your response to the commentors seems to indicate that butter will make you fat IF you have abused your body with carbohydrates because of a compromised pancreas.  I am willing to suppose this could be true, but what about people who his ave not abused their bodies, what about children being raised low carb from the start, would butter be fattening for them?  Your response would lead me to believe your answer will be no.  I really appreciate your blog and recommend it to all, but please clarify this issue.  Maybe a whole new blog on this would be a good idea, since the entire low carb community is talking about it.

    To everyone else I have to say there is nothing like testing something for yourself.  If you have an insulin tester, have some butter and test yourself and make a chart.  See how YOU are affected.

  • Alejo Hausner

    4/9/2010 1:28:50 PM |

    The work was funded by the Fundación Centro de Excelencia en Investigación sobre Aceite de Oliva y Salud (“Center of excellence for research on olive oil and health”).

    Notice that they end up concluding that olive oil raised glucose and insulin less than butter. Had this study been done by French researchers and not Spanish researchers, it would have found that butter is better for you than olive oil!


  • jpatti

    5/7/2010 7:58:00 AM |

    Pasture-raised butter is a good source of vitamins A, D and K2 plus CLA.

    And it makes veggies yummy.  

    As Julia Child said... butter is better.

  • info

    5/16/2010 6:10:09 AM |

    Little test
    I'm a very low carber. 80% of my calory intake come from fat. I eat less than 20 grams of carbs. I did a little test. For a week I took tallow and coconut oil instead of butter. In that week I lost three pounds. Conclusion: Butter seem to have a sort of effect.

  • kimberly

    9/16/2010 1:46:12 AM |

    I love to prepare some recipe that contain many cream.  although i know that a person can gain weight I don´t matter because i love the taste, Simply delicous. And when i cook, my husband usually is very happy.
    Actually i was looking information about how tobuy viagra  but i reached this blog, i really enjoyed reading.

  • buy jeans

    11/2/2010 8:24:56 PM |

    The postprandial (after-eating) area-under-the-curve is substantially greater when butter is included in the mixed composition meal. This effect is not unique to butter, but is shared by most other dairy products.

  • Chester The Bear

    1/19/2011 10:55:45 PM |

    Um... Sorry... I see the data differently.
    In the fat meals in the study, the amount of fat intake was the same, yet butter delivers higher serum FFAs, indicating that fat might stimulate lipolysis, even though it appears to induce a short term insulin spike.
    Carbohydrate might promote a lower insulin response, but it blocks lipolysis.
    Finally, there's a lot more going on here than just insulin.  To take it out of context is meaningless.

  • racing games

    1/20/2011 11:15:13 AM |

    but my question is what is the reason behind this insulin triggering effect of butter? can anyone answer this?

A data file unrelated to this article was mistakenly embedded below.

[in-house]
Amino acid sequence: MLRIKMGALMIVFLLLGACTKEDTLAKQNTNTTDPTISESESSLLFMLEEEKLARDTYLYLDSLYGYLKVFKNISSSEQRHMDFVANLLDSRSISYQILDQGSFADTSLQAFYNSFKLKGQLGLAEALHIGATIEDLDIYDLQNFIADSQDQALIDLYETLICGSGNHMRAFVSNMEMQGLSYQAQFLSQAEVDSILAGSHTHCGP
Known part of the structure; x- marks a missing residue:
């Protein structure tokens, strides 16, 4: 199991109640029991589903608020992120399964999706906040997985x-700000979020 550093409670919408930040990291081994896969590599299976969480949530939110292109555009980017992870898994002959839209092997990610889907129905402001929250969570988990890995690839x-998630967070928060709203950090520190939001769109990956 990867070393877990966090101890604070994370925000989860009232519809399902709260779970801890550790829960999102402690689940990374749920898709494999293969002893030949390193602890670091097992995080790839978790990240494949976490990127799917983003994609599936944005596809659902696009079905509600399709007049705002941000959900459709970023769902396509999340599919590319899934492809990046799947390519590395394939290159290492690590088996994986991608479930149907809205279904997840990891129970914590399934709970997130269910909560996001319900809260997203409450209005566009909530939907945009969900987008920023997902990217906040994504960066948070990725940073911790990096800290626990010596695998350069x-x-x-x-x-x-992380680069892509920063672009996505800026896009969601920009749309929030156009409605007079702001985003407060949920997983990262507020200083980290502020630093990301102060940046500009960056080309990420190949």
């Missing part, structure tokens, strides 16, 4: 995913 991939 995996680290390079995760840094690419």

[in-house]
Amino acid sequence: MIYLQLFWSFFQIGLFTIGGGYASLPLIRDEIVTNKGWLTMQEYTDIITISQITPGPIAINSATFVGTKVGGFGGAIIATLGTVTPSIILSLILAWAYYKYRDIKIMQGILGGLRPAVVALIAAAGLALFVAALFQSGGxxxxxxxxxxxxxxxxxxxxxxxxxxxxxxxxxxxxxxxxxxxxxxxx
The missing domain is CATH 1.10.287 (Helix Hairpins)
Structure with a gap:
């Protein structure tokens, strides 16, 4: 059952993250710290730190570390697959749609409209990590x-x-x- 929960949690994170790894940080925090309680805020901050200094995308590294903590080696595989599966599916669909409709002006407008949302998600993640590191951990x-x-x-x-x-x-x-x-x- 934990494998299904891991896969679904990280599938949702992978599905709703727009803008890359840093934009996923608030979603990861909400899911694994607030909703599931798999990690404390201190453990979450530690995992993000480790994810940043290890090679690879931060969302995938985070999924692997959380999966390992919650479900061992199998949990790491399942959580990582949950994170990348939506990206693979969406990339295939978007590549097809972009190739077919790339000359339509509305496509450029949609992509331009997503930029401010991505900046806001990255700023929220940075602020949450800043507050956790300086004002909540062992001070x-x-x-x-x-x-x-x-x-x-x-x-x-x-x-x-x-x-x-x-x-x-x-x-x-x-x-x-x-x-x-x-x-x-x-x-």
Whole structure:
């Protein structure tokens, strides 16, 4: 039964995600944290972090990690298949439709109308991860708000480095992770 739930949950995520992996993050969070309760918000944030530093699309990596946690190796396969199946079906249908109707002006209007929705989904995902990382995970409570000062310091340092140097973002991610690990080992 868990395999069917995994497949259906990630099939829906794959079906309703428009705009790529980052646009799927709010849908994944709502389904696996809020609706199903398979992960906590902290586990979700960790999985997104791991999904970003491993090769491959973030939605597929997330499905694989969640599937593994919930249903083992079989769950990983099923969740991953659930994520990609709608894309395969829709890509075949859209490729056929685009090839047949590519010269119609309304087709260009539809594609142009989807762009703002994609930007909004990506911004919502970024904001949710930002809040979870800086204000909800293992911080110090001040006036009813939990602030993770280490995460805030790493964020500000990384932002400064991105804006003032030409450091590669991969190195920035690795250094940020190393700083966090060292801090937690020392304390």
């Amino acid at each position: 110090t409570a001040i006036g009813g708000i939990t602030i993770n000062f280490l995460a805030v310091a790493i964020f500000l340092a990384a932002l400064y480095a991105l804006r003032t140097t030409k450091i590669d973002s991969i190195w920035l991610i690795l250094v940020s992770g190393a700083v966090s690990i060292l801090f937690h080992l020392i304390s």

• liposculpture guide

    1/26/2011 7:18:57 AM |

    It's always good to challenge deeply held beliefs in case we are wrong. I do have a soft spot for butter and hope it is an outlier as far as blood glucose.

  • francisco camps

    2/5/2011 8:41:02 PM |

    I am scary with butter now...lol


    3/5/2011 6:27:47 AM |

    As people know, I've been struggling with my weight due to my hypothyroidism. Although many of my symptoms have improved, I kept the weight gain in very consistent rate of 3 pounds per month. Sometimes, mostly due to a little fast, would be a pound or two, but then suddenly I would like to recover all that weight plus more than a day or two, so it would be in this constant uphill again.

    people searches

  • Matt Titus

    5/6/2011 3:42:50 AM |

    I wonder if the results would be the same with raw butter?

  • Paula Nedved

    10/3/2011 2:30:40 AM |

    Peter over at Hyperlipid has done a critique of this post of your, Dr. Davis.
    Entitled "Butter insulin and Dr. Davis"    He dunna believe you.

  • Nancy

    10/20/2011 4:57:58 PM |

    I'm stunned by your absolute condemnation of butter based on this one study.  Geez, have you been paid off by Wesson or Crisco?   You need to consider all the confounding variables in this study.  Your blog post should be retracted and/or rewritten.  This is very disappointing after your carefully researched examination of wheat.

    In my experience, butter and butter fat are good for you.  I have lost considerable body fat and gained much muscle this year on an eating plan that involves a lot of raw milk and cream from grass-fed cows, 3 to 4 glasses of milk and up to a cup of cream per day.  Butter fat is not making ME fat, quite the opposite.

  • Karl Schmidt

    9/27/2012 6:35:46 PM |

    Insulin goes down faster because the vegetable fats are stored in the fat tissue faster..

    A better understanding of butter is here :


  • Karl Schmidt

    12/1/2012 9:41:46 PM |

    There is another problem with that study - people do not keto adapt in 8 hours - it takes 4- 6 weeks to fully adapt to a low carb diet.

    Once adapted, low-carbers are BETTER able to clear FA as the liver revs up it's fat metabolic capabilities.  Low carbers also tend to eat less frequently - reducing the exposure to both BG and FA - only when both are elevated do we see the pronounced toxic effects of the fats.

HDL 80 mg/dl

HDL 80 mg/dl

More and more people in my clinic are showing HDL cholesterol values of 80 mg/dl or higher, males included.